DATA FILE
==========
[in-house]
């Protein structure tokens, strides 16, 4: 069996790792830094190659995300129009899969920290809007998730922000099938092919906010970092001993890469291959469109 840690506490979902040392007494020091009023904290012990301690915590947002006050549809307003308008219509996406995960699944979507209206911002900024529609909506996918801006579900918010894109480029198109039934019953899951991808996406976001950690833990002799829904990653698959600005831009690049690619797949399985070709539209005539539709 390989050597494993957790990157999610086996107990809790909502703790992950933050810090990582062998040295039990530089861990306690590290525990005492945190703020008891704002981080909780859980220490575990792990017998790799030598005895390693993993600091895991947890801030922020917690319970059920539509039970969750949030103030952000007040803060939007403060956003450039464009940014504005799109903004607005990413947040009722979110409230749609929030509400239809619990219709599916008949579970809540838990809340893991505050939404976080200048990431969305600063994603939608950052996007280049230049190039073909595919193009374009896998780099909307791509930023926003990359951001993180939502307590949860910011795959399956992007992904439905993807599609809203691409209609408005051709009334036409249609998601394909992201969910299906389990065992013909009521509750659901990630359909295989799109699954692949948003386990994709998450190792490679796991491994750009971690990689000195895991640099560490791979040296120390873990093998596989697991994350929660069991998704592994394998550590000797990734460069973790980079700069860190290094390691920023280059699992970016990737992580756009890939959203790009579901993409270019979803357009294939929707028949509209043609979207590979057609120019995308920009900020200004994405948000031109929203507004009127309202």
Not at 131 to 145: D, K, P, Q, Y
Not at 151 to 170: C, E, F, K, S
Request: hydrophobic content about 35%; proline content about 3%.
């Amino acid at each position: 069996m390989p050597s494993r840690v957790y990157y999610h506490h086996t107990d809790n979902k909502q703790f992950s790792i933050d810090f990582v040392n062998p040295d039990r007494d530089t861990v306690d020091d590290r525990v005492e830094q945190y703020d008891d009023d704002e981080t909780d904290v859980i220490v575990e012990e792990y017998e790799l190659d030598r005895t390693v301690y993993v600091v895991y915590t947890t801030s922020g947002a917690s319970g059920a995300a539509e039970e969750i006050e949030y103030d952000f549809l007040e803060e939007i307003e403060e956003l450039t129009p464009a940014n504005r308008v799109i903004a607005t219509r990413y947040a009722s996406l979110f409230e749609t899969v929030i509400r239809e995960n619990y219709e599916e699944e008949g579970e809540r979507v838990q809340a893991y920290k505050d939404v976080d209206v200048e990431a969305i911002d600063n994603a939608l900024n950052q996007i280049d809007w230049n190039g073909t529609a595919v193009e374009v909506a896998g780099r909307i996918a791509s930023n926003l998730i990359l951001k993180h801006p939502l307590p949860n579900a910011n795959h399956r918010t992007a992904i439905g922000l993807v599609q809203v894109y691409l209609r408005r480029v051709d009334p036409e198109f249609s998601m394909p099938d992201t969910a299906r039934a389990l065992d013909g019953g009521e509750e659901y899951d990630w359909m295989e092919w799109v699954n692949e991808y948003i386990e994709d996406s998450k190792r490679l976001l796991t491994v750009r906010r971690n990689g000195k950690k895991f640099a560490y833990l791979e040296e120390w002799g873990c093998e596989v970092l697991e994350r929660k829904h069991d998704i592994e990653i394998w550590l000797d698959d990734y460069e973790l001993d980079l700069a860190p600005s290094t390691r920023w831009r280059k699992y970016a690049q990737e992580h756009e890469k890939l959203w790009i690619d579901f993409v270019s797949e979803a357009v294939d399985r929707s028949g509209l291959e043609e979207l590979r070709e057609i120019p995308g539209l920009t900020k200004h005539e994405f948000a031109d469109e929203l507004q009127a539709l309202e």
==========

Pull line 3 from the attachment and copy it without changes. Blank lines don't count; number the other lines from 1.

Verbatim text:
Not at 131 to 145: D, K, P, Q, Y